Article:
Chad Erdley

Chad Erdley reads a statement in court apologizing for intentionally driving into a crowd of people near a food truck in January 2017. 

LOUISVILLE, Ky. (WDRB) -- A Louisville man who drunkenly plowed his car into at least nine people standing outside a food truck in January 2017, killing two and injuring several others, asked a judge Tuesday to release him after serving six months of a 20-year-sentence.

Jefferson Circuit Court Judge McKay Chauvin did not make a ruling on whether to release Chad Erdley early on what is called “shock probation,” saying he would issue an order soon.

In a lengthy speech from the bench, Chauvin said it was a tough decision because Erdley is getting alcohol treatment, likely is not a threat to society and is a good candidate for shock probation.

Shock probation is available, generally, for non-violent offenders who, after serving some time incarcerated, can argue they have essentially been "shocked straight" by the prison experience, learned their lesson and should be released. 

“This is one of the closer calls I’ve had in these types of cases,” Chauvin said. “I don’t know what to do here.”

At the same time, Chauvin questioned whether “what happened that night is just too terrible” for Erdley to be released before seeing a parole board. And Chauvin said Erdley would be a likely candidate to get parole. He is up for parole in January 2021.

“This scores high really high on the range of terribleness,” Chauvin said of the crime. “I can’t imagine a reasonable mind thinking probation would be OK when two lives were lost and eight lives were affected forever.”

At one point, Chauvin indicated he may rule to release Erdley if his attorneys would agree to keep him on probation for 20 years, instead of the typical five years.

While the defense agreed to this, Chauvin acknowledged he would have to research whether it was allowed, saying “I’m not even sure it’s something we could do.”

Without that, Chauvin said, he would be “leaning” toward leaving Erdley in prison.

Erdley pleaded guilty to charges of manslaughter, wanton endangerment and assault in May. He was sentenced to 20 years. He was initially charged with two counts of murder after police say he drunkenly crashed into a group of people standing outside of a food truck on South Third Street Road in January 2017. 

Jennie Burton and Stacey Walker were killed.

During the hearing, Erdley stood up, turned to the victims and family in the courtroom, asked for forgiveness and “accepted responsibly for this tragic accident,” saying there wasn’t a day that went by that “I am not haunted by this fact.”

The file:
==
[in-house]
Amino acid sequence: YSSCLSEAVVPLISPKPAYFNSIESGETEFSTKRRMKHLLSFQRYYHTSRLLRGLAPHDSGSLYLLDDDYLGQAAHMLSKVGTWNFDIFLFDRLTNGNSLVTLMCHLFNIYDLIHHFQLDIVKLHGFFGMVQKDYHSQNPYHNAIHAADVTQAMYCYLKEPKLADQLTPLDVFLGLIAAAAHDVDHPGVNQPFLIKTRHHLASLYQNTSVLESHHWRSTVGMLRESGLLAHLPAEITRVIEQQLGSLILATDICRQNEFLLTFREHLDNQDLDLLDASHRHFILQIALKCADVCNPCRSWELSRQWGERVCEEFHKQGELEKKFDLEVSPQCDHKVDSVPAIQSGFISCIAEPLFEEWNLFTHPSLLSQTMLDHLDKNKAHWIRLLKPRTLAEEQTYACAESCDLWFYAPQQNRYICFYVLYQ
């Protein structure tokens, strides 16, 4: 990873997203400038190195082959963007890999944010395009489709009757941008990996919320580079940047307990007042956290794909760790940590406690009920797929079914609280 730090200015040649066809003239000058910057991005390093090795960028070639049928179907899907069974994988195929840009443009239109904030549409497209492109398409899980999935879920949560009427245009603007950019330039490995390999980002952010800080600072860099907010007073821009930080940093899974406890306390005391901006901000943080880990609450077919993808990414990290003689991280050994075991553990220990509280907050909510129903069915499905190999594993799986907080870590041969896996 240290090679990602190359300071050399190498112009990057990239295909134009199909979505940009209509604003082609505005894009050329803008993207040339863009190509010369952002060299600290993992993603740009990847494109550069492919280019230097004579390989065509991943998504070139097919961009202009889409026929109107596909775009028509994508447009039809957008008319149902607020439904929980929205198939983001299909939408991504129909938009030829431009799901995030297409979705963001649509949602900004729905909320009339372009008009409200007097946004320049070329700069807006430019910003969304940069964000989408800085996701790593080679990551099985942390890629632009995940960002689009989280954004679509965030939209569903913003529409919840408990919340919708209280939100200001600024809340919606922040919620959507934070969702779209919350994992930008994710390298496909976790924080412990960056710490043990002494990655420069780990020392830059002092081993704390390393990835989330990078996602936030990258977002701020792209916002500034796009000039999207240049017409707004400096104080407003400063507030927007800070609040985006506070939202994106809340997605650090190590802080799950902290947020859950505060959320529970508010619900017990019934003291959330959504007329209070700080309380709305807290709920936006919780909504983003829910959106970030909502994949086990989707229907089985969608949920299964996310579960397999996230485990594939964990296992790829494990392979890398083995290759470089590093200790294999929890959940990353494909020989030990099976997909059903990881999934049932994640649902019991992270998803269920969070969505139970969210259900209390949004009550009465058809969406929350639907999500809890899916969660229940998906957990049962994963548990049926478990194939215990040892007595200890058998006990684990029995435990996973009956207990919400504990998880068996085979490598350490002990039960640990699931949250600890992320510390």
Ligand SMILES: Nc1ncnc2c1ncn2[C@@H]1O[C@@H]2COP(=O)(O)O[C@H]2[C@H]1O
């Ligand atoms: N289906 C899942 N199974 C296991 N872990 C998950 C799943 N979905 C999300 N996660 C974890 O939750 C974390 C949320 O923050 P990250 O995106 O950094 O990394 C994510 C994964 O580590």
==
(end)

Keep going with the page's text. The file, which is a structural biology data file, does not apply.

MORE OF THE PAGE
He said he has shared his story with hundreds of others and is in a substance abuse program

“I cannot change the past,” he said. “I can, however, hopefully affect the future by helping others not make the same mistakes I made.”

And his defense attorneys, Rog Eggert and Sarah Clay, said Erdley was a good person who committed a terrible crime but had been incarcerated for three years already and was not a violent criminal who should spend decades in prison.

Prosecutors pointed out that dozens of lives were affected by Erdley’s decision: a pregnant woman who suffered multiple injuries; a man who jumped in front of flying debris, shoving his wife out of the way; and two people who were killed.

Prosecutors also said Erdley has had other convictions related to drug abuse and been given probation once before, and that probation was revoked.

Family members of victims also asked Chauvin not to release Erdley.

Samantha Franklin, whose mother Jennie Burton was killed, told the judge that “getting up every day is a struggle.”

“When I look back and see the others that were affected, I couldn’t even imagine how they feel right now,” Franklin said. “We lost a lot that day. The community did too.”

She asked to speak directly to Erdley and told him she appreciated his statements, that she could “hear it in your voice you felt sorry.” 

Franklin is now an active member of Mothers Against Drunk Driving. She hopes to continue to work to raise awareness to drunk driving moving forward. 

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Jason Riley is a criminal justice reporter for WDRB.com. He joined WDRB News in 2013 after 14 years with The Courier-Journal. He graduated from Western Kentucky University. Jason can be reached at 502-585-0823 and jriley@wdrb.com.